When business owners are faced with a decision regarding succession planning and the future of their business there are several options, including: selling to a competitor or strategic buyer, selling to a private equity fund, liquidating the assets of the business, among others. While the sale proceeds may depend on the type of transaction, in each case the future of the business and the owner’s legacy after the transaction is uncertain.
An often-overlooked exit strategy is a sale of the company to an employee stock ownership trust and formation of an employee stock ownership plan (collectively, an “ESOP”). An ESOP is a type of qualified retirement plan that invests primarily in the stock of one company. An ESOP provides business owners with an opportunity to be actively involved in the future of the business and assist in guiding the company to success and preserving the legacy built over many years. We’ve outlined five reasons to consider an ESOP as an exit strategy:
Succession Plan Creation
An ESOP provides business owners with a market for their shares outside of selling to a competitor or private equity fund. Typically, the business owner remains with the company for a number of years and receives value for their shares over a number of years (either through multiple transactions or payments on a seller note) during which they can continue to participate in the operations. The option of establishing an ESOP can be attractive to business owners that may not have an “heir apparent” to acquire the equity of the business or to business owners that are not interested in going through a sale process involving a potential competitor or private equity fund.
An ESOP provides business owners of C corporations (or an S corporation that has revoked its S corporation election) the ability to defer taxes on a sale of equity to an ESOP via a tax election made available through §1042 of the Internal Revenue Code. The seller must reinvest the sale proceeds in qualified replacement property within 12 months of a sale and would be taxed upon disposition of that property. However, if structured properly, the taxpayer may avoid paying all long-term capital gain taxes associated with the sale.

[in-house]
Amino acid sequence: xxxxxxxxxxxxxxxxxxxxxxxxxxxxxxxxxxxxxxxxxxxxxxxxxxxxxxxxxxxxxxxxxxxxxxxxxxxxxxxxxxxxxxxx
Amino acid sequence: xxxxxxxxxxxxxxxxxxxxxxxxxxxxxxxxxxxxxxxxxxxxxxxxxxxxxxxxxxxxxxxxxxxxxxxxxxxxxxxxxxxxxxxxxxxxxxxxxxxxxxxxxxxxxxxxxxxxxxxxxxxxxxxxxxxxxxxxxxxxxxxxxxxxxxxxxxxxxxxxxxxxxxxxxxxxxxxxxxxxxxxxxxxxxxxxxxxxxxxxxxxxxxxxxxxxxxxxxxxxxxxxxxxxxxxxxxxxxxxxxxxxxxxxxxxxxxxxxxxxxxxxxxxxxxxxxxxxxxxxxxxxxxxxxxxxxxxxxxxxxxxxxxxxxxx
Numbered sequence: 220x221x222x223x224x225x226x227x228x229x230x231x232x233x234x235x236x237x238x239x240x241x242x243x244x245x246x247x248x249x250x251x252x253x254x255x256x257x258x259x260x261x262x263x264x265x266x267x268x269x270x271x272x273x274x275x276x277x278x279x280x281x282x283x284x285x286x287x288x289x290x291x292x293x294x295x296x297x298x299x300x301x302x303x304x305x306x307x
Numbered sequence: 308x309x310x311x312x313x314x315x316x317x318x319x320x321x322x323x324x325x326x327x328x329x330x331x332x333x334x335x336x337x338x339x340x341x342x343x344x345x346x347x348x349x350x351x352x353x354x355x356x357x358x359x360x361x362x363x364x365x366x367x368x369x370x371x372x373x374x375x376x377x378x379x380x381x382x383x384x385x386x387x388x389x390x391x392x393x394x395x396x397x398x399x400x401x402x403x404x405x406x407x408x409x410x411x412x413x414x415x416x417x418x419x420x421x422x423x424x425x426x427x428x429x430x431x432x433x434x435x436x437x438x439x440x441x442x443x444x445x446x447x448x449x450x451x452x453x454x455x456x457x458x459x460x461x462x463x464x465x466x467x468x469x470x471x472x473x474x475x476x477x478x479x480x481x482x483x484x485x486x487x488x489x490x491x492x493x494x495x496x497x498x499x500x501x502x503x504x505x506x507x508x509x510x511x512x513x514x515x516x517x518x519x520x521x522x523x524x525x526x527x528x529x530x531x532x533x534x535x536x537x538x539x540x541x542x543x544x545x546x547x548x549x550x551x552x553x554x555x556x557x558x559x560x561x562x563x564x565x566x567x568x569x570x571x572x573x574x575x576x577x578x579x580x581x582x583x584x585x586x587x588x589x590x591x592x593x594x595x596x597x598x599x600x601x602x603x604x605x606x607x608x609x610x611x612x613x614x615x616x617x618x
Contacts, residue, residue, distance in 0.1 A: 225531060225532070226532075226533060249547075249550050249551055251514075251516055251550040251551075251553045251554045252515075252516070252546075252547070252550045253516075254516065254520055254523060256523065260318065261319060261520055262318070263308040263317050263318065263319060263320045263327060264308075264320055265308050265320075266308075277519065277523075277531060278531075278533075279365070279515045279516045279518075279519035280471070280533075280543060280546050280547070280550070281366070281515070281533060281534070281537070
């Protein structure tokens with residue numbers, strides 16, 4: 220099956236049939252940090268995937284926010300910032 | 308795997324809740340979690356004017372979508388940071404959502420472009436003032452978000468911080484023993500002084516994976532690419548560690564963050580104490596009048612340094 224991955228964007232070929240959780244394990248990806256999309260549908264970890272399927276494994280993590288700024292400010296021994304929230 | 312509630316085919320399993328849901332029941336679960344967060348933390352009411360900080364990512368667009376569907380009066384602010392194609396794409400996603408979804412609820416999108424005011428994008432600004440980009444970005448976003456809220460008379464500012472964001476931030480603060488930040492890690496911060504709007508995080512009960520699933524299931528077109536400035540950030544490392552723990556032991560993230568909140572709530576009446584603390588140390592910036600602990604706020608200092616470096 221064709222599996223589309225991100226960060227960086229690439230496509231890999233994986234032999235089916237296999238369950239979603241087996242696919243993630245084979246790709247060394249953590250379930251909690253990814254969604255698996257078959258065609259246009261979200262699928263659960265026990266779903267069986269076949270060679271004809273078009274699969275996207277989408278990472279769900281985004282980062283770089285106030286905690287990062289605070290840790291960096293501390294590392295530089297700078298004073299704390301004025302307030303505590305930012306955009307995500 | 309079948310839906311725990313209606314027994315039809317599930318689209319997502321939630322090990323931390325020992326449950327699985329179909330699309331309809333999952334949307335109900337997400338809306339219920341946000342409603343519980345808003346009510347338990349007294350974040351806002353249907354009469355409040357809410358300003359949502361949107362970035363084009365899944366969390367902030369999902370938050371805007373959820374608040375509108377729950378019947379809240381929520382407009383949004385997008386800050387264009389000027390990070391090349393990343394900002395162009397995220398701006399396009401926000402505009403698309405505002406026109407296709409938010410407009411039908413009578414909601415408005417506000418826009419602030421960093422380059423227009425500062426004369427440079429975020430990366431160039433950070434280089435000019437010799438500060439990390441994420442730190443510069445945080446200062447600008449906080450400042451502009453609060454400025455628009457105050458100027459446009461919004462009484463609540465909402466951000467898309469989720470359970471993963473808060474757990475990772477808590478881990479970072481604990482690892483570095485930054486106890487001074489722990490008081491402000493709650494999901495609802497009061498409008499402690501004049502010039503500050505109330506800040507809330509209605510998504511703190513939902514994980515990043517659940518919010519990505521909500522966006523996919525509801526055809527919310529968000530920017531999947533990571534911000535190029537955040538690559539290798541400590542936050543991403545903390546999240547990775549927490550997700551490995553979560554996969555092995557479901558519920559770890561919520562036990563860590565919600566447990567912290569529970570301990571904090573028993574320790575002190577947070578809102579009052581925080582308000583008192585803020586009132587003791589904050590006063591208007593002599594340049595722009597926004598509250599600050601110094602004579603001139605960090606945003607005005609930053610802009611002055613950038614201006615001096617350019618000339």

In addition to the tax benefits available to sellers, the company can benefit from tax-deductible contributions to an ESOP in the form of principal and interest payments in a leveraged transaction. If the company is an S corporation and sells 100% of its stock to an ESOP the company and the ESOP typically do not have any income tax obligation – since the ESOP, as the sole shareholder, is a tax exempt trust and S corporation earnings flow through to shareholders, the entity can become effectively tax-free.
Upon the formation of an ESOP and completion of a transaction, employees will receive a tax deferred benefit over a number of years by receiving an allocation of the acquired shares to accounts for their benefit. These accounts are tax deferred and the employees are not required to contribute in order to receive shares. This offers employees of the company an additional benefit that increases employee morale, retention of existing employees, and attraction of new employees.
The sale of a company to an ESOP can be structured in a manner that allows for the acquisition of a minority, majority or 100% interest in the outstanding shares from a business owner. This flexibility allows owners to participate in the potential appreciation of company value if they sell less than 100% or they can sell 100% at a fixed value at one point in time. In order for a shareholder to receive cash for their sold shares, the company will typically obtain outside financing from a lender. Any additional shares sold above the shares acquired with lender financing are typically acquired by utilizing seller financing. If seller financing is utilized, it can provide the shareholder with additional return above the sale price of their shares.
Ongoing Role and Less Operational Interruption
Typically, after a sale a strategic buyer or a financial buyer will spend time on integration and may also engage in cost cutting measures or eliminate positions. After a sale to an ESOP, the business operations can continue uninterrupted and little is changed operationally from before the transaction. Due to a more seamless transition, business owners are often comforted by an ESOP ensuring employees will keep their jobs, receive an additional benefit, and business continues as usual. If a business owner also holds an executive position in the company, by selling to an ESOP the business owner can retain their position, unlike the uncertainty created in a sale to a strategic or private equity buyer.
When business owners are at a point of transition and evaluating strategic options, it is important to consider all options, including an ESOP, in order to make an informed decision regarding the best path forward. Greenwich Capital Group has extensive M&A experience, including ESOP formation and consulting. If you have any questions regarding ESOPs, please contact Brian Hock at email@example.com
 Additional criteria must be met in order to qualify for a §1042 rollover, including the ESOP owning greater than 30% of the stock, ownership of equity must be for a period of at least three years prior to sale, and specific qualified replacement property categories must be met, among others.